The Game of France
Pierre Duval (1619-83) was a nephew of the great French geographer Nicolas Sanson (1600-67) who rose to become “geographer to the king” in his own right. In the 1660s and 1670s he published a large number of atlases and geographic works. Duval was the first in France to conceive of geographical games that aimed to inform and instruct while providing entertainment. Jeu de France (The game of France) is a chutes-and-ladders game made up of 63 squares, each representing a province, except for the last, which contains a map of the entire kingdom. The game offers insight into the clichés and stereotypes that Parisians applied to the French provinces. Brittany is noted for its debauchery, Tours for its lovely avenues, Forez for its knives and scissors, and Ponthieu as a theater of operations for the king’s army (a reference to the recent Franco-Spanish war).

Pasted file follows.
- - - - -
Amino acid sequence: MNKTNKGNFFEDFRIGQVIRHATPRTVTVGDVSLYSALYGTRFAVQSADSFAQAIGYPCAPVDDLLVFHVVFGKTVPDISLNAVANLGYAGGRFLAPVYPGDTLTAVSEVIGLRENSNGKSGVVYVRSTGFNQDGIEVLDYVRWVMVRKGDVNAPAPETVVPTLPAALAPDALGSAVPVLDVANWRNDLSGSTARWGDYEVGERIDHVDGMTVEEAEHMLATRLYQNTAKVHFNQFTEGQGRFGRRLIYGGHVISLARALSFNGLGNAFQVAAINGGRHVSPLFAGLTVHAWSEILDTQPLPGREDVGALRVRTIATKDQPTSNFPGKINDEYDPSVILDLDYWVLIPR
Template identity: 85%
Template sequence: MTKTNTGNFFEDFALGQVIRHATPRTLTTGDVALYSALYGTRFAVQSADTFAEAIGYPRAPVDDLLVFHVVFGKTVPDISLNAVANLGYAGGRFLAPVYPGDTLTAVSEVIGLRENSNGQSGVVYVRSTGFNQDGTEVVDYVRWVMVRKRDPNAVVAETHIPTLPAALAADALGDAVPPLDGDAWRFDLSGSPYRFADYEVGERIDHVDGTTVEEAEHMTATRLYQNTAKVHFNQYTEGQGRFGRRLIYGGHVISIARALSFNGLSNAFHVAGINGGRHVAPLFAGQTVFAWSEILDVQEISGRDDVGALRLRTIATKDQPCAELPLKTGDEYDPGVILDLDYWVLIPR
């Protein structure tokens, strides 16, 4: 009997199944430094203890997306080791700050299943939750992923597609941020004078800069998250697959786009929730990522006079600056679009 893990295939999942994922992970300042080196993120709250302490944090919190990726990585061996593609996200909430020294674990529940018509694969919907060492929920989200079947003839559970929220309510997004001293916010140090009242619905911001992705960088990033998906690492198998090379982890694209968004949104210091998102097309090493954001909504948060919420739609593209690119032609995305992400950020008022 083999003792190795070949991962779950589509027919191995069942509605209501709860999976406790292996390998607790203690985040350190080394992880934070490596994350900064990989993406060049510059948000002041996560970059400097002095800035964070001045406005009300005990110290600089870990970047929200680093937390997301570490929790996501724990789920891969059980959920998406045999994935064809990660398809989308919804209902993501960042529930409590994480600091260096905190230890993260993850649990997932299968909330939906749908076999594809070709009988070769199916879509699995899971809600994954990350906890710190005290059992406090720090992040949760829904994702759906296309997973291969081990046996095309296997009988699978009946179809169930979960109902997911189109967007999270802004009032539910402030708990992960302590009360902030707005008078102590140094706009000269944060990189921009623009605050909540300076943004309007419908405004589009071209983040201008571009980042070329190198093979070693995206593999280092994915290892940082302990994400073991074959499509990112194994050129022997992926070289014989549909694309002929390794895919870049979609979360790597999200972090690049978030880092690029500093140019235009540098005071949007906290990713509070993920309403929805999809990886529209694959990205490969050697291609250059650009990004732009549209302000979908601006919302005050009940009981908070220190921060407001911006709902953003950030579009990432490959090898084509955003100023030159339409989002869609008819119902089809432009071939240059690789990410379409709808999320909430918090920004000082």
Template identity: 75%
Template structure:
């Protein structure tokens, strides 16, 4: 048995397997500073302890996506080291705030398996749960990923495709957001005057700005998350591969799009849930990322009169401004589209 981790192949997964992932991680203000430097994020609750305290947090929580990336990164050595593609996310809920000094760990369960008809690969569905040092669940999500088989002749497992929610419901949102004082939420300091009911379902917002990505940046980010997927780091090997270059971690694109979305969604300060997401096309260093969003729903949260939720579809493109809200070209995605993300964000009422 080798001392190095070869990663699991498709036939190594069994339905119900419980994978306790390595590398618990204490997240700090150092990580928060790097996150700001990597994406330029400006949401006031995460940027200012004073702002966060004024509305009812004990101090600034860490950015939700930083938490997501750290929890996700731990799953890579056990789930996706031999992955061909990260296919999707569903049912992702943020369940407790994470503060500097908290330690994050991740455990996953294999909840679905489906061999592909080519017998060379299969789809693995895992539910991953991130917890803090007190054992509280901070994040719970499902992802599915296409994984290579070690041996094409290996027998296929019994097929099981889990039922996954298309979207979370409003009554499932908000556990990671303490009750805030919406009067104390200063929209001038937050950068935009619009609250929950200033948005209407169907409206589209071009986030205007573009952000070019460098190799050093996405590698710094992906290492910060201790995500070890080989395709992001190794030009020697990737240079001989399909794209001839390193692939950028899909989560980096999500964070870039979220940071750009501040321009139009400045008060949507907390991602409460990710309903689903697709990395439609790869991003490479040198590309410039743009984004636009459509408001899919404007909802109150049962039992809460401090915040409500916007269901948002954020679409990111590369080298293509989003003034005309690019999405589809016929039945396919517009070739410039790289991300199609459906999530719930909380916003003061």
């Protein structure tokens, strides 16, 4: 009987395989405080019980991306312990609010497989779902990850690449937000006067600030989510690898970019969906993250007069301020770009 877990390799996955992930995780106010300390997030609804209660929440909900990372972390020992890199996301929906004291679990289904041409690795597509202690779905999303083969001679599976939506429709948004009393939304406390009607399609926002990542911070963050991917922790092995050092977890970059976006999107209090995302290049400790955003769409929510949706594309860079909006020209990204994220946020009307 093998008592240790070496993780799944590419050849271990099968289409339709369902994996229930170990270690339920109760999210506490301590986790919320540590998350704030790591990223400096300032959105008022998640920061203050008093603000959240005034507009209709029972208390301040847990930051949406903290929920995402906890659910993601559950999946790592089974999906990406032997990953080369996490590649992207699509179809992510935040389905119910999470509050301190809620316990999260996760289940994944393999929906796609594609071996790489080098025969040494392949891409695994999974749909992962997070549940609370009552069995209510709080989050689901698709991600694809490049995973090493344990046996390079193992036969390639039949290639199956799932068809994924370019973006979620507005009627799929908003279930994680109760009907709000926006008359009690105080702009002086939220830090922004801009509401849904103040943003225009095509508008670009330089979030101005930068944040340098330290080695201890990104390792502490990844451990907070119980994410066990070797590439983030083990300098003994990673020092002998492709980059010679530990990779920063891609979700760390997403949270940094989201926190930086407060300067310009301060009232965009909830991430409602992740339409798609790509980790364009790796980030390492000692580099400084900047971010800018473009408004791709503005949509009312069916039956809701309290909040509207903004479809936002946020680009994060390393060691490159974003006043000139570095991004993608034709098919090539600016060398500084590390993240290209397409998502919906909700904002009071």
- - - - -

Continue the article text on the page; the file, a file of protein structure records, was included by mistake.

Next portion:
Etienne Vouillemont, Paris
Title in Original Language
Le Jeu de France
Type of Item
Print, copper engraving, color enhancements, 38 x 53 centimeters
Last updated: September 18, 2015